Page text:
I looked the character up and discovered he was also in Daring Mystery Comics #8 and apparently Comedy Comics #9 (the same comic with its name changed). If the plot summaries I read are accurate, he fights a Nazi U-Boat commander named the Barracuda and finds a magic cutlass that can cut pretty much anything. He also discovers he has super strength while in the water, can swim at high speeds and can breath underwater on his own. As near as I can tell, no explanation for how he got his powers is ever given.

He did pop up again in a 2004 Invaders comic (in a version of the team set in modern day), in which he's called away from his kingdom and out of retirement from the Navy to command a high-tech battleship. That seems to be his last appearance.

Anyway, that first story is a lot of fun. I've always loved Bill Everett's kinetic art work--his imagery always has a snap to it that carries the story along with zest and efficiency. The design of the flying fish people is particularly entertaining.

The character's origin would have needed a little more fleshing out had he continued on, but all the elements of a great series was there. It's too bad the Fin didn't catch on.

Friday, June 14, 2013

Friday's Favorite OTR

The Mysterious Traveler: “The Big Brain” 3/14/50

As an experiment, a scientist uses an experimental super-computer (the Big Brain) to predict the winners at the horse track. That leads to the temptation to place a few bets, which in turn leads him to be blackmailed by a gangster.

To get out from under the thumb of the gangster, the scientist attempts to find out if the Big Brain can be used to plan the perfect murder.

The ending is a little too willing to absolve the scientist of his moral responsibility for his actions, but it’s a well-plotted episode nonetheless.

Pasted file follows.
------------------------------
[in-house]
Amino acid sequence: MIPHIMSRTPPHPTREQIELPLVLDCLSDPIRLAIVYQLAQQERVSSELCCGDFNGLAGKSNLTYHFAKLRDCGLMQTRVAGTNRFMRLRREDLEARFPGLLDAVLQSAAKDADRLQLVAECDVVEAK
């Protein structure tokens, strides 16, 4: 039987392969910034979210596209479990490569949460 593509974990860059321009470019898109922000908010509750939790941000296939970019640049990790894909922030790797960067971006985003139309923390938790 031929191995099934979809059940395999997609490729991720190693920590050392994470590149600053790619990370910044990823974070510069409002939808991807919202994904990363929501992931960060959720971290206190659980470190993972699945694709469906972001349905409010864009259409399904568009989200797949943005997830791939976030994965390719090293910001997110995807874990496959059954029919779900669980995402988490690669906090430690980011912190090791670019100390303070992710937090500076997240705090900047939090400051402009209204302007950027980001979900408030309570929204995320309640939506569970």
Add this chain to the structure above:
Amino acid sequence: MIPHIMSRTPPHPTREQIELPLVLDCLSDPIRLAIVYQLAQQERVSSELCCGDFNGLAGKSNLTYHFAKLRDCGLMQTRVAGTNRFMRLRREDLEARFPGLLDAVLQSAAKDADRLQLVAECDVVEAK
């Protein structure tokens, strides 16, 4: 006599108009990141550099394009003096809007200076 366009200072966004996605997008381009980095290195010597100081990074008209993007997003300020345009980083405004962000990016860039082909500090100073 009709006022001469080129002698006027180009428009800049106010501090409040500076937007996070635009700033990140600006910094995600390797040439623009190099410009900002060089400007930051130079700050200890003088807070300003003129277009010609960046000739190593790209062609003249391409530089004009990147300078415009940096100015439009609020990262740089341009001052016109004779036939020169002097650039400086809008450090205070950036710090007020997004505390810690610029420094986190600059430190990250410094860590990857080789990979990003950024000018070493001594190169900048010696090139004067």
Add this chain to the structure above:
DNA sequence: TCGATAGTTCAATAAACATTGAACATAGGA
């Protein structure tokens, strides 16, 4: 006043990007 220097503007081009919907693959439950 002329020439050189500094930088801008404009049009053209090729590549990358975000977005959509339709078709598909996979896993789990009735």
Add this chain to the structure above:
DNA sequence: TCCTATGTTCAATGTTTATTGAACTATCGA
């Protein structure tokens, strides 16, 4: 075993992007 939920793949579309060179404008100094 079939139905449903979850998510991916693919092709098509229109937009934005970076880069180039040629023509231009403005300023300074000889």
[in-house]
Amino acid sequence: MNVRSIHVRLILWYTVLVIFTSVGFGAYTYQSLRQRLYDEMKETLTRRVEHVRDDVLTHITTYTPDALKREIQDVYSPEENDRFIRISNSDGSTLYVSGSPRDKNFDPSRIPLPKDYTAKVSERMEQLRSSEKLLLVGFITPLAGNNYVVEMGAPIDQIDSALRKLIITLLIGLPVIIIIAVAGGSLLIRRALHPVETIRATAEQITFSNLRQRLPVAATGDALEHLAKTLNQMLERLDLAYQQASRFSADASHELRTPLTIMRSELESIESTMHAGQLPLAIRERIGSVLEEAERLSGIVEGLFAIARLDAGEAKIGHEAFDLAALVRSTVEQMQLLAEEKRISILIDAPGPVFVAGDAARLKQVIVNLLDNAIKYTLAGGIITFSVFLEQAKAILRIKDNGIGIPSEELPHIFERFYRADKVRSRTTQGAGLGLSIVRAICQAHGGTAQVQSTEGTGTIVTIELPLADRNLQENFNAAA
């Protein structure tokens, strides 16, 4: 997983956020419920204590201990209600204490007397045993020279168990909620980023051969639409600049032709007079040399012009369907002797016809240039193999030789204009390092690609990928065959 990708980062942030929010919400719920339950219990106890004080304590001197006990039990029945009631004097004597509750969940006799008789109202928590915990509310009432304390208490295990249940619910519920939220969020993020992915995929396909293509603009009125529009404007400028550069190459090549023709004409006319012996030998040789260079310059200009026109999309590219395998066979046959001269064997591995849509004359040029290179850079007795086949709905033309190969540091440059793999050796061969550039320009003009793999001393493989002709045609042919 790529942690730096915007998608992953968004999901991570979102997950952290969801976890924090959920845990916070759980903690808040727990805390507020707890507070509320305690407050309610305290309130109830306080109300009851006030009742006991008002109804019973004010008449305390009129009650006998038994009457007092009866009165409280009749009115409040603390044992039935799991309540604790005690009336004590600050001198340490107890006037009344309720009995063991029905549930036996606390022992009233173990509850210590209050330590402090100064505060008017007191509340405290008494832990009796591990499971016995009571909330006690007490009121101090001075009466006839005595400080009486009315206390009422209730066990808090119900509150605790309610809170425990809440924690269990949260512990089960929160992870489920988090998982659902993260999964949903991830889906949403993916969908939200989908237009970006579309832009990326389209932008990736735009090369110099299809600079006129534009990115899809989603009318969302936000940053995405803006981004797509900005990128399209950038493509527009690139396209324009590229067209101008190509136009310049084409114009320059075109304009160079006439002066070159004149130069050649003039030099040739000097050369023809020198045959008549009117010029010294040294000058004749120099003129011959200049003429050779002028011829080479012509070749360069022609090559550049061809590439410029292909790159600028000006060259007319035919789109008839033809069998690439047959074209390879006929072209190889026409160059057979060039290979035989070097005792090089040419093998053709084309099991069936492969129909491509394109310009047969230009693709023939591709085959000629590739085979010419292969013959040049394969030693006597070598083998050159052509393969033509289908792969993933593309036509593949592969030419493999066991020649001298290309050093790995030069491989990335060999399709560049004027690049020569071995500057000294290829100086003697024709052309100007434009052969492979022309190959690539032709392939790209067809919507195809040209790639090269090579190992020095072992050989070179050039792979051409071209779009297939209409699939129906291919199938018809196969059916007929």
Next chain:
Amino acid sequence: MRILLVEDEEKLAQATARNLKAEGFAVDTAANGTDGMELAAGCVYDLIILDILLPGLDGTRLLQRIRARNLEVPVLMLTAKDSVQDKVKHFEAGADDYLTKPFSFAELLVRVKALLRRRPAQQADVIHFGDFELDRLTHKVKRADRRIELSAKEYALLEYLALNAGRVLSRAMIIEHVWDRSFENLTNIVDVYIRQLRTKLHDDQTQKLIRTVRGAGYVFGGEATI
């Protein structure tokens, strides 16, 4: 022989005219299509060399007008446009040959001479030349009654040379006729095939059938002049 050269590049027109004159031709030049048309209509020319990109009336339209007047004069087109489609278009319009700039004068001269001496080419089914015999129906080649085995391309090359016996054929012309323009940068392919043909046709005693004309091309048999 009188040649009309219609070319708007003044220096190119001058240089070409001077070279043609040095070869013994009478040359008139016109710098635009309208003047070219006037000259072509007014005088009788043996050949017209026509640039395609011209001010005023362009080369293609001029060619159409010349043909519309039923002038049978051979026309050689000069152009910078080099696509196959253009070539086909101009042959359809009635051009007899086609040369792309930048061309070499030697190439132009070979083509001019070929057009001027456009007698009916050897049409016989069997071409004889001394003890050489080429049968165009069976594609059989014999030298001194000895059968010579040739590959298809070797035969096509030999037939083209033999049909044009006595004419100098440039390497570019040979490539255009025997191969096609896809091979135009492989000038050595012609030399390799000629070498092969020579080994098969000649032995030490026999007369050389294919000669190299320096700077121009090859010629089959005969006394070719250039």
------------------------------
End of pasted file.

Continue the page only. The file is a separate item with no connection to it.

Click HERE to listen or download.

Thursday, June 13, 2013

My Favorite Mad Scientist

Just as I have a favorite death trap, I also have a favorite mad scientist. There have been a lot of entertaining mad scientists brought to us through prose fiction, comic books and movies. And my favorite, just barely edging out Dr. Pretorius from 1935's Bride of Frankenstein, is Dr. Thorkel.

We're introduced to Thorkel in the 1940 film Dr. Cyclops, directed by Ernest B. Schoedsack. Though there's sometimes a little confusion as to where Dr. Thorkel originated. There was short story adaptation of the film written by Henry Kuttner that appeared in the June 1940 issue of Thrilling Wonder Stories. This was later expanded into a novel with the author credited to a pseudonymous name "Will Garth," though I understand Kuttner denied he wrote the novel. Some sources identify the film as an adaptation of the short story and the story's publication DID pre-date the movie. But that issue also had stills from the upcoming film and the cover illustration of Thorkel is a dead ringer for the actor who played him.